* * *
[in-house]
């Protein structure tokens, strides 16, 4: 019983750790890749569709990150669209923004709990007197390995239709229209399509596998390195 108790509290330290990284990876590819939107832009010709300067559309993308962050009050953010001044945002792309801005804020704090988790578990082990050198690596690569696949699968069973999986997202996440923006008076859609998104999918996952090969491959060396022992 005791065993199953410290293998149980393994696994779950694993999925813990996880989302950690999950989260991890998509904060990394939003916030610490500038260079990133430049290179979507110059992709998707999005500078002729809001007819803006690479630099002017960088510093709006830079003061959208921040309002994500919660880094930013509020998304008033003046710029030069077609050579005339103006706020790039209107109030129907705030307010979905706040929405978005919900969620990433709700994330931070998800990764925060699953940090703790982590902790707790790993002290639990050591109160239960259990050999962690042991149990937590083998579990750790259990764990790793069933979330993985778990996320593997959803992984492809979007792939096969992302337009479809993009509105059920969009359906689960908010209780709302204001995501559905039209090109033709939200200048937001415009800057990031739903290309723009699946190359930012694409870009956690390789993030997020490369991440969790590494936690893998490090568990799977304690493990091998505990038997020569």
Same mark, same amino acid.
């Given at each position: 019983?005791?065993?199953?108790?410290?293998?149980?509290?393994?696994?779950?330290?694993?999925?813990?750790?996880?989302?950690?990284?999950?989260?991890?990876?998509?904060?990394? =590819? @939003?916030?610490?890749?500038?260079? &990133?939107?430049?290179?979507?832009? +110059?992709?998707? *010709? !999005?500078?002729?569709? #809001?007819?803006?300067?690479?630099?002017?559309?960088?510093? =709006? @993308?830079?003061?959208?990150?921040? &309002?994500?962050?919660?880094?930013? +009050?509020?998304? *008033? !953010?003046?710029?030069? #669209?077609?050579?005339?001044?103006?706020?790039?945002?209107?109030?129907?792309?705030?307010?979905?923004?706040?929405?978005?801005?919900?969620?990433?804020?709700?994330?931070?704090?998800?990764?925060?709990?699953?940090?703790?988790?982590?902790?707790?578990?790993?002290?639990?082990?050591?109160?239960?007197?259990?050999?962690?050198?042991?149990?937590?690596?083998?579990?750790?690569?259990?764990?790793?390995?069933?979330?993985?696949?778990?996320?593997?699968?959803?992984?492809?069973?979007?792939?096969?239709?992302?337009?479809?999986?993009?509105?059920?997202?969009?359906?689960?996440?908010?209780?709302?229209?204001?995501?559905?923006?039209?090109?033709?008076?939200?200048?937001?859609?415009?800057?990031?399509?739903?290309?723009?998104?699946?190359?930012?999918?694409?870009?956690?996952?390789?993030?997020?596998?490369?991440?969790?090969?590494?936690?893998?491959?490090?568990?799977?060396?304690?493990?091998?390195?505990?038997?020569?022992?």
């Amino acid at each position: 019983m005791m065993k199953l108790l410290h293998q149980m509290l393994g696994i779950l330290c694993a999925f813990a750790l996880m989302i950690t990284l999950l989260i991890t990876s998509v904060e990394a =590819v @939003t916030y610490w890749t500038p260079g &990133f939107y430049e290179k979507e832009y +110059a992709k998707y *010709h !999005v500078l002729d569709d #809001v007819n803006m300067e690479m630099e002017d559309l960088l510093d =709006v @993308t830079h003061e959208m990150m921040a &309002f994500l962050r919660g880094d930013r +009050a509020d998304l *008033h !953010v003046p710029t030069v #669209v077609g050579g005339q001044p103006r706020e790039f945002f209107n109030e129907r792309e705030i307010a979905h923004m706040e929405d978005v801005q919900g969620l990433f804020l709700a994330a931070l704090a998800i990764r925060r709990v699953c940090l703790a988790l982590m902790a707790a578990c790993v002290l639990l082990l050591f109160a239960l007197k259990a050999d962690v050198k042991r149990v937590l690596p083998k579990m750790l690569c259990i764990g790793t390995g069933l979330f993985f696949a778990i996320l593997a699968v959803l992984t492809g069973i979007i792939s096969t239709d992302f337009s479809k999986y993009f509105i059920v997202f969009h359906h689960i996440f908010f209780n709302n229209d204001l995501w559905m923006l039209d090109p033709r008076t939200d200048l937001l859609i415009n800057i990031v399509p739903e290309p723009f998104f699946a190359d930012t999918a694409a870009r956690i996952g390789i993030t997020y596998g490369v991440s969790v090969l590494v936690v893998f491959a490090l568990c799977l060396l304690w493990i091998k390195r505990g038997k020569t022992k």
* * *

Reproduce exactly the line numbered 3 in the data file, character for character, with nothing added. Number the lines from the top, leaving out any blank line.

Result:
Same mark, same amino acid.